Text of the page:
Churches and Religious Buildings. 2 - Non Conformism

Anyone familiar with the position of Roman Catholics from the Reformation onwards, will be aware that attitudes towards them ranged from outright persecution, through suspicion to indifference. Laws prevented Catholics from playing a full part in public life and from entering the universities, or from holding high office in the state.

After the Protestant Reformation there were plots to put the Catholic Mary of Scotland in place of the Protestant Elizabeth. Thus began an association in the public mind of Catholicism with treachery. The Gunpowder Plot, Rye House Plot and the Jacobite rebellions all served to reinforce the association. To be a Catholic was not in itself a crime but priests were hunted and persecuted. Some families did cling to the old faith with a notable example being the Giffards of Chillington Hall. The immediate heirs to the throne could not marry a Catholic and Catholics could not enter the universities, as they were not eligible under the terms of the University Tests Act, a law that was not repealed until 1872. The main impediment to public life was that Catholics were not eligible to sit in the House of Commons, as were not other non-conformists. As British public life has a habit of throwing up paradoxes which, when resolved inch us forward into the previous century it was but a short time before the position of Catholics came to a head. It was in the late 1820s that the issue was forced upon the government.

Giffard House in winter raiment.

There is a long history of Catholicism in Wolverhampton for the town was once the seat of the Vicar Apostolic of the Midland District and it was not until the restoration of the Catholic hierarchy in 1850, that the administration was moved to Birmingham. Such was the importance of Wolverhampton to Catholic England that it was once known as “Little Rome”. One of the leading Catholic families was the aforementioned Giffards and it was at Mrs. Elizabeth Giffard's house in North Street that Wolverhampton’s Catholics heard mass. In 1727, the Catholic population felt safe and well established enough to build a new house and chapel on the site of an old one.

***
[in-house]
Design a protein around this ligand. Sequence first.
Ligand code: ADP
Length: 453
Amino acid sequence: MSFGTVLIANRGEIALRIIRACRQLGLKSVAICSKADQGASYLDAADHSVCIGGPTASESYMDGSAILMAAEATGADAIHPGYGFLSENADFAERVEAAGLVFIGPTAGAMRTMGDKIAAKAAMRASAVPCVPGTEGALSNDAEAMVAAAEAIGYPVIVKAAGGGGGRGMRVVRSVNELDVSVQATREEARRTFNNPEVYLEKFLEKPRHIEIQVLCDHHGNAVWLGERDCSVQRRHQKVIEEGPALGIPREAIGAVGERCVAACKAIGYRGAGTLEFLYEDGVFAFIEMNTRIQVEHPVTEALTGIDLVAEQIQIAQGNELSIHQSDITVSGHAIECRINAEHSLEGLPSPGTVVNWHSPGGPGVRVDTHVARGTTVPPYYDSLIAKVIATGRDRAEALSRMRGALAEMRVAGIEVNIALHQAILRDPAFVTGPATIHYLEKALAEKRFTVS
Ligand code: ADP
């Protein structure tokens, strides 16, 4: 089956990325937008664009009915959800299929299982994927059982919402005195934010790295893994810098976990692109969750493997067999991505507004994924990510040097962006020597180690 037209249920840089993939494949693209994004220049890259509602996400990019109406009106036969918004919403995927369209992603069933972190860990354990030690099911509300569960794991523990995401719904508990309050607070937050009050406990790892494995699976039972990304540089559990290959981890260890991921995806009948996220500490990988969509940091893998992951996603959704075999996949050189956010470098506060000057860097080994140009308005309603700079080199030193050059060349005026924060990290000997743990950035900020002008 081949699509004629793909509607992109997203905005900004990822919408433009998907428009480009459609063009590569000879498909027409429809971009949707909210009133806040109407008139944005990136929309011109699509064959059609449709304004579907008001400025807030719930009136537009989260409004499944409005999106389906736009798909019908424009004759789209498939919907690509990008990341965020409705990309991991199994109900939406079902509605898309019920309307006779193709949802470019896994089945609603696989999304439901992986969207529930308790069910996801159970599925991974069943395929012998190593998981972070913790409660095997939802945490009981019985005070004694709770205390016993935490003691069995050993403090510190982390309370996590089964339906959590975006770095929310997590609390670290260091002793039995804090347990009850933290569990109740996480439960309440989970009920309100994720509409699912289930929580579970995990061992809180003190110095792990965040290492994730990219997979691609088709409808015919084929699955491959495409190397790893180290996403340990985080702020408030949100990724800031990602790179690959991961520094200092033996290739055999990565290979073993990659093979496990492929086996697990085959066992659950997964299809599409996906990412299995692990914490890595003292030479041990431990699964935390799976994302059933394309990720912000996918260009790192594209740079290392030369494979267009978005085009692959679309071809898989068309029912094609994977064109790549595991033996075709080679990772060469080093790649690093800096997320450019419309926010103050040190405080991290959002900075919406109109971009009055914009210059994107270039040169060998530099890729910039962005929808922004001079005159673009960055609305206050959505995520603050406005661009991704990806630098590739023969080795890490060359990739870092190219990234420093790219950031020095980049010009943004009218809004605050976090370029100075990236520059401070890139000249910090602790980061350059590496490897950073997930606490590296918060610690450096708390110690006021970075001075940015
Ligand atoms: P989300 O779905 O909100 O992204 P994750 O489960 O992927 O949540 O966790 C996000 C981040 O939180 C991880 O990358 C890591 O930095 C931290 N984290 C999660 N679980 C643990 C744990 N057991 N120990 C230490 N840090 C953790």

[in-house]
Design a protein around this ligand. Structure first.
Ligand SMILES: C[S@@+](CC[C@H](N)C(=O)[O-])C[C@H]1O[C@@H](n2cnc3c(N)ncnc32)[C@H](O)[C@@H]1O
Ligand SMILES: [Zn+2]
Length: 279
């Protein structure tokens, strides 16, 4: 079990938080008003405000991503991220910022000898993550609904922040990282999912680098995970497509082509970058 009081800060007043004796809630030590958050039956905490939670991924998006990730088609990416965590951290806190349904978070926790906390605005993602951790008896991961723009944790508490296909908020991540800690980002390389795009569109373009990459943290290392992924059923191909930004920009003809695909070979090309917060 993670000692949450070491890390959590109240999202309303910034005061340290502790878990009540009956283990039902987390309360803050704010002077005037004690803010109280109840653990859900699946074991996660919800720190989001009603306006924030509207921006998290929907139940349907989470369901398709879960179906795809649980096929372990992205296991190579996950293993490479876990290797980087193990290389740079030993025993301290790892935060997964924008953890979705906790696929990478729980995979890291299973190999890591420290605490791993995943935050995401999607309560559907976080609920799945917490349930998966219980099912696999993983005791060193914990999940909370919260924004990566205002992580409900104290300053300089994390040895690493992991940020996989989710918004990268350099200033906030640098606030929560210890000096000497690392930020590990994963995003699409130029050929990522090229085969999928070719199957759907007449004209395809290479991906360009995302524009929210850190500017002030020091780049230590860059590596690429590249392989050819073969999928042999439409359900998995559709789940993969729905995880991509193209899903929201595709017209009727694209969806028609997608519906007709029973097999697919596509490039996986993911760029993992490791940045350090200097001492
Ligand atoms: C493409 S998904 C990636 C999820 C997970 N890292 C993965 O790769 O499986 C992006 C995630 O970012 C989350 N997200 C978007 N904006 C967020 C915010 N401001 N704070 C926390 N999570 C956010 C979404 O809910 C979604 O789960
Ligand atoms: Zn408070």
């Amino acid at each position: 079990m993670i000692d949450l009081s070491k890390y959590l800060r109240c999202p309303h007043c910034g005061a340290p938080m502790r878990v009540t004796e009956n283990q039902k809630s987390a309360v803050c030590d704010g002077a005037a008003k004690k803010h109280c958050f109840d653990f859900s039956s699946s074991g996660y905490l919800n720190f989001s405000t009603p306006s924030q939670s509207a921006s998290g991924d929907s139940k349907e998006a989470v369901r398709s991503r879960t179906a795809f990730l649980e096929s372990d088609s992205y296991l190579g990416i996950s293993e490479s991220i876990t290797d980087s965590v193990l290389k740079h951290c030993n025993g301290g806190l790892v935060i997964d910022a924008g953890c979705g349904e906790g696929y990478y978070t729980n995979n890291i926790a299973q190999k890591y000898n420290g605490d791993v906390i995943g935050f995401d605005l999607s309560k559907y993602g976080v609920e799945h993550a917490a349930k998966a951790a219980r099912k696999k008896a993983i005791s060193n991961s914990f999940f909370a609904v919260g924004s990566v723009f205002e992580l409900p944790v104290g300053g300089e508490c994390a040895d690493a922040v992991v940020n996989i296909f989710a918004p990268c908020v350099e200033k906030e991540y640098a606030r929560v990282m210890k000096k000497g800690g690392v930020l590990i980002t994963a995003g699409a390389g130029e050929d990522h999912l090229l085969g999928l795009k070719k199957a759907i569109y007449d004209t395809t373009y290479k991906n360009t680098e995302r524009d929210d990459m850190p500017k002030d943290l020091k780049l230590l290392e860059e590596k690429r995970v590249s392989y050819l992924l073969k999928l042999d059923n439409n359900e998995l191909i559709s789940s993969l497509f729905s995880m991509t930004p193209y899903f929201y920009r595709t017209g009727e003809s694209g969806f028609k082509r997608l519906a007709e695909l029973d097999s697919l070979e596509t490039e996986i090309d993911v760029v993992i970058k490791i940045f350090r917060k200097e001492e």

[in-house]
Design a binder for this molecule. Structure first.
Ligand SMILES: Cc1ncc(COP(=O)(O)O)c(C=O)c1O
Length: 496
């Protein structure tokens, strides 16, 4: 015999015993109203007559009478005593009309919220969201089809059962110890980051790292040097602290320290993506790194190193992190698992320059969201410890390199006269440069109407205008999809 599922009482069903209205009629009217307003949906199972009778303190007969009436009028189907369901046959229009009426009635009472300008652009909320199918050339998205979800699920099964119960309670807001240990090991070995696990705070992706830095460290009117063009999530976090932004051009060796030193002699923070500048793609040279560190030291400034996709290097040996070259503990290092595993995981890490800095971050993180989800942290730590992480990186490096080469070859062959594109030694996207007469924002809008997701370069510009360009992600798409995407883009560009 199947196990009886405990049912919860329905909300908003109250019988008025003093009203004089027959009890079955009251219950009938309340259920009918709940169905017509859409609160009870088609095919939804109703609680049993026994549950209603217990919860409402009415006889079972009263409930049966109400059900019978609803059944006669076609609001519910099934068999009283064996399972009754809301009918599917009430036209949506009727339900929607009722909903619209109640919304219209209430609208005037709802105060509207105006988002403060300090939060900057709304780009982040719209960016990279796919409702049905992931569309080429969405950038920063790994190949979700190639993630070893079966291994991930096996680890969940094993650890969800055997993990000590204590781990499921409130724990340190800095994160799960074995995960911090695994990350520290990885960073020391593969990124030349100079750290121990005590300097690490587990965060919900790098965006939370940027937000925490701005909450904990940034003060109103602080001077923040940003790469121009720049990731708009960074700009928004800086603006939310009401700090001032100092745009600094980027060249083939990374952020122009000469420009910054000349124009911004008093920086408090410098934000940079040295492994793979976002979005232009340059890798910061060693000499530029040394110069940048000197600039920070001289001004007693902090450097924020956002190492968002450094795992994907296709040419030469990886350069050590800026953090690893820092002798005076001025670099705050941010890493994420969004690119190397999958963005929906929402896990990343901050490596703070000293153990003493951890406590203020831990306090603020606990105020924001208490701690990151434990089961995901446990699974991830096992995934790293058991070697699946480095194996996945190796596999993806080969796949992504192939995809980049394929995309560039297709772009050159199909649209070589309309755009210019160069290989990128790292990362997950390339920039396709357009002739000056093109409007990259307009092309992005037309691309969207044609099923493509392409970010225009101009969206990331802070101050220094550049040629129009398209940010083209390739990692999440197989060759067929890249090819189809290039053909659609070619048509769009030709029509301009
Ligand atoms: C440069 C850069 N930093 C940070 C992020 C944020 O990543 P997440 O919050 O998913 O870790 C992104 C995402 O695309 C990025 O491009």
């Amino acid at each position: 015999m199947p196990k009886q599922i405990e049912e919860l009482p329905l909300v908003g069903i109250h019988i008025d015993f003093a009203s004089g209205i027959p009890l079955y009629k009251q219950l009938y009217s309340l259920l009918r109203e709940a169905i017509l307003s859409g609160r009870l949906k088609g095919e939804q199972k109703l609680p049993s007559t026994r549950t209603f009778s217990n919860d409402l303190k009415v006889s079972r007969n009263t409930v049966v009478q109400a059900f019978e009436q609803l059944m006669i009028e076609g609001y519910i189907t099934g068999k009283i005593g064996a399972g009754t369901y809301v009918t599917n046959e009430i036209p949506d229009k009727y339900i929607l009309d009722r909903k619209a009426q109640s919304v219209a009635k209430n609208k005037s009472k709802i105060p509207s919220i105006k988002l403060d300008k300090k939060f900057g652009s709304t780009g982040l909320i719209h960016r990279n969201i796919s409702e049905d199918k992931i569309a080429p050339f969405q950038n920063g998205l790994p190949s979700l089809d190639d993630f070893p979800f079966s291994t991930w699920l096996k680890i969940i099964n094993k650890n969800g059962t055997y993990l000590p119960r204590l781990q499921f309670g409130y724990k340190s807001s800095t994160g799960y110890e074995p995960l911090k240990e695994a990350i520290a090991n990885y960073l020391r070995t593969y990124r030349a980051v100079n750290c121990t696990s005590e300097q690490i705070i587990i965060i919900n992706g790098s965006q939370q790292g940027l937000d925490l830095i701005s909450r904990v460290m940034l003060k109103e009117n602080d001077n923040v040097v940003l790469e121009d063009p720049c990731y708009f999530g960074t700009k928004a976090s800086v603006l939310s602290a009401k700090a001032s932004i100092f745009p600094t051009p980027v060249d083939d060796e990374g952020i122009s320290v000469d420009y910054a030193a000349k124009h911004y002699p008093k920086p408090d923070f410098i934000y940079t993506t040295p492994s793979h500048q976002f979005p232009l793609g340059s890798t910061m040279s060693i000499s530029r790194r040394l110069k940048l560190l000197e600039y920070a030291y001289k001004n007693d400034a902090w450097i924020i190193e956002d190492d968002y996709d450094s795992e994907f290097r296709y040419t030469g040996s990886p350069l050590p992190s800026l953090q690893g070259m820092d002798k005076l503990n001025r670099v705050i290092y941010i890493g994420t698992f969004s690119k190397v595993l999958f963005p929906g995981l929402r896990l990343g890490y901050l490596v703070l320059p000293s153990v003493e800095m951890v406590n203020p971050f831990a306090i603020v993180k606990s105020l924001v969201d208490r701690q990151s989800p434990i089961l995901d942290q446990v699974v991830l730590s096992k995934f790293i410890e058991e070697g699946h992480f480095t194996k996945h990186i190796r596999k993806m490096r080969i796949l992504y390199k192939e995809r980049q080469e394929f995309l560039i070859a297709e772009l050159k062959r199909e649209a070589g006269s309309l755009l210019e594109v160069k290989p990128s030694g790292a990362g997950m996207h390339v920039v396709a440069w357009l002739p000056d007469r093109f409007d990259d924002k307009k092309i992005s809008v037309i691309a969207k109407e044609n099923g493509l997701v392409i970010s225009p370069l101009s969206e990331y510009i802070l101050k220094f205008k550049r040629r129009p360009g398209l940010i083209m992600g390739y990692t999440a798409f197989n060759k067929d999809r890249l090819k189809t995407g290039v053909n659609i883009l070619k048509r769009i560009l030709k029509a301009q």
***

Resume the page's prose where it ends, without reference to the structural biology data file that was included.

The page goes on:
The new house, the present Giffard House, was finished in 1730. There was obviously a chapel in the house, in this case dedicated to S.S. Peter and Paul. The chapel was greatly expanded after 1826 as a memorial to Bishop Milner who was buried in the orchard at the rear of the house. The body was exhumed and placed in a new tomb in 1874 before being moved to its present position in the crypt in 1930.

In the course of expansion it became one of the first Roman Catholic churches to be built in England since the Reformation, a fact of which the congregation is justly proud. The church has recently undergone extensive restoration.

The changes in law which had freed Roman Catholic churches from appearing as private houses and the resurgence of enthusiasm for the Catholic faith, led to a spate of Catholic churches being built, especially after catholic Emancipation in 1929. In 1852, the full church hierarchy was re-established although not without a great deal of resistance from those who thought that the Roman Catholic Church was once again seeking ascendancy in England.

The interior of St. Peter and St. Paul.

In an age of increased industrialisation and mass production, many people sought the spiritual values of the Catholic faith, as they perceived them. Even those who were not converted, but chose to remain within the established church, sought to raise church architecture, decoration and layout to give added spirituality to worship.1

One of the finest Roman Catholic churches in the Wolverhampton is that of St. Mary and St. John in Snowhill. (It was originally known as St. Marie’s and St. John after the usage of the day). The church of Saint Mary and Saint John by Charles Hansom (not to be confused with his brother J.A. Hansom, the architect of Birmingham Town hall and patentee of the cab that bears his name) was built between 1851 and 1855 and cost initially £10,000. 

The church of St. Mary and St. John.

One of the prime movers behind the building of the church was John Hawksford, who later became Wolverhampton’s first Catholic Mayor. He purchased from the Duke of Cleveland’s agent land adjoining Snowhill. The purchase price was £2,000, a large sum but worth it as the site was a valuable one. The Snowhill area already had an air of sanctity about it, as there were Congregational and Unitarian chapels virtually next door to each other to say nothing of Saint John’s. The land purchased formed part of the Duke’s “Gardens” and Hawksford undertook to fence the land off from them. Bishop Ullathorne laid the foundation stone in 1851 and the work carried out by the Wolverhampton builder, Wullen, whose name is remembered in Wullen Street, Whitmore Reans. The construction of the church unfortunately coincided with the Crimean War, which led to delays and increased costs. Also, sadly, the stone used from a local quarry, unproved for building, was used and the industrial atmosphere played havoc with the fabric.